Android handset manufacturers may not be telling the whole truth about security updates, according to two well-known German researchers.
Karsten Nohl and Jakob Lell of Berlin's Security Research Labs plan to release a report tomorrow (April 13) showing that many Android security updates are bogus, according to a report in Wired and a preview of the "Android Patch Gap" the researchers put online.
Manufacturers tell users that phones are patched up to a certain month, the researchers said, but some months have been skipped, leaving security holes that can be exploited by hackers or Android malware.
ZTE and TCL appear to be among the worst offenders, while Google, Samsung and Sony are the best at patching. Most other major Android phone makers fall somewhere in between.
"Our large study of Android phones finds that most Android vendors regularly forget to include some patches, leaving parts of the ecosystem exposed to the underlying risks," the SRL website preview says.
It can get worse that that, Nohl told Wired's Andy Greenberg.
"Sometimes these guys just change the date without installing any patches," Nohl was quoted as saying. "We found several vendors that didn't install a single patch but changed the patch date forward by several months."
The researchers told Greenberg that they examined 1,200 handsets for evidence of every Android security patch released in 2017. The phones all claim to have received at least one security update since October 2017.
Nohl and Lell plan to present their findings at the Hack in the Box security conference in Amsterdam tomorrow, and post their full paper online after their presentation.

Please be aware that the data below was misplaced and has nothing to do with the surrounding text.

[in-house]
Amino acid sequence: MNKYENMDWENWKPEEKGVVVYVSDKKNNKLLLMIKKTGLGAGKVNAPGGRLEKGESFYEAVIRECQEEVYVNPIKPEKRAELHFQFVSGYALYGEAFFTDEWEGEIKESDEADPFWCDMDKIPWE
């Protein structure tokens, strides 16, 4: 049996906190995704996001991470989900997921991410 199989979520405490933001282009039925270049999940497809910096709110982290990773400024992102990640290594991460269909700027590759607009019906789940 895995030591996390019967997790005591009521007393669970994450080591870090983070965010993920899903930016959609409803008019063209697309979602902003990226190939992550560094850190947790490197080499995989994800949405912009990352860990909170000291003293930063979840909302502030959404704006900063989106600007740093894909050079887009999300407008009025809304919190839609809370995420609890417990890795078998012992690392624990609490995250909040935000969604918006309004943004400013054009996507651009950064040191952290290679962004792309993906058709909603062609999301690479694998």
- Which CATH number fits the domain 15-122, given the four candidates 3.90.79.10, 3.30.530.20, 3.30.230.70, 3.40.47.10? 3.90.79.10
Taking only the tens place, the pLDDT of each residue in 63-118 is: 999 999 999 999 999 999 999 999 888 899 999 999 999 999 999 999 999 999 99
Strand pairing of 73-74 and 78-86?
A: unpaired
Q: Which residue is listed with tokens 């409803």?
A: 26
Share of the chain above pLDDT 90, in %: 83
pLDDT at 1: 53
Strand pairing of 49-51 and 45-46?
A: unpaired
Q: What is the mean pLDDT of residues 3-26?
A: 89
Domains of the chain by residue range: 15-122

SRL has updated its SnoopSnitch Android security app to detect whether a phone has missed security updates. For some features, the app needs to be run on rooted Android phones, but the security patch analysis will work on all phones using a Qualcomm chipset.
Google pushes out Android security updates at the beginning of each month, but only Google's own Pixel and late-model Nexus phones will get them right away. Other handset makers have to examine each update and, if necessary, tailor them to fit each of their own devices.
Most non-Google Android phone makers (except for Sony) were once terrible at keeping up with security patches. But in the last couple of years many of them, including Samsung and Motorola, sped up the process and now issue the Google patches within a few weeks.
Or so you'd think. While Nohl and Lell found, on average, between zero to one missed patches since October 2017 on each Samsung, Google and Sony phone they tested, they found between three and four missed patches on the Motorola phones. It appears Motorola may not be living up to its promises.
Motorola was joined in the three-to-four-missed-patch purgatory by HTC, Huawei and LG. In a somewhat better grouping, each Xiaomi, OnePlus and Nokia phone tested had between one and three missed patches.
Bringing up the rear were ZTE and TCL, whose phones had an average of more than four missed Android security practices. If a phone made by either of those companies is your daily driver, you might want to trade up to something a little more secure.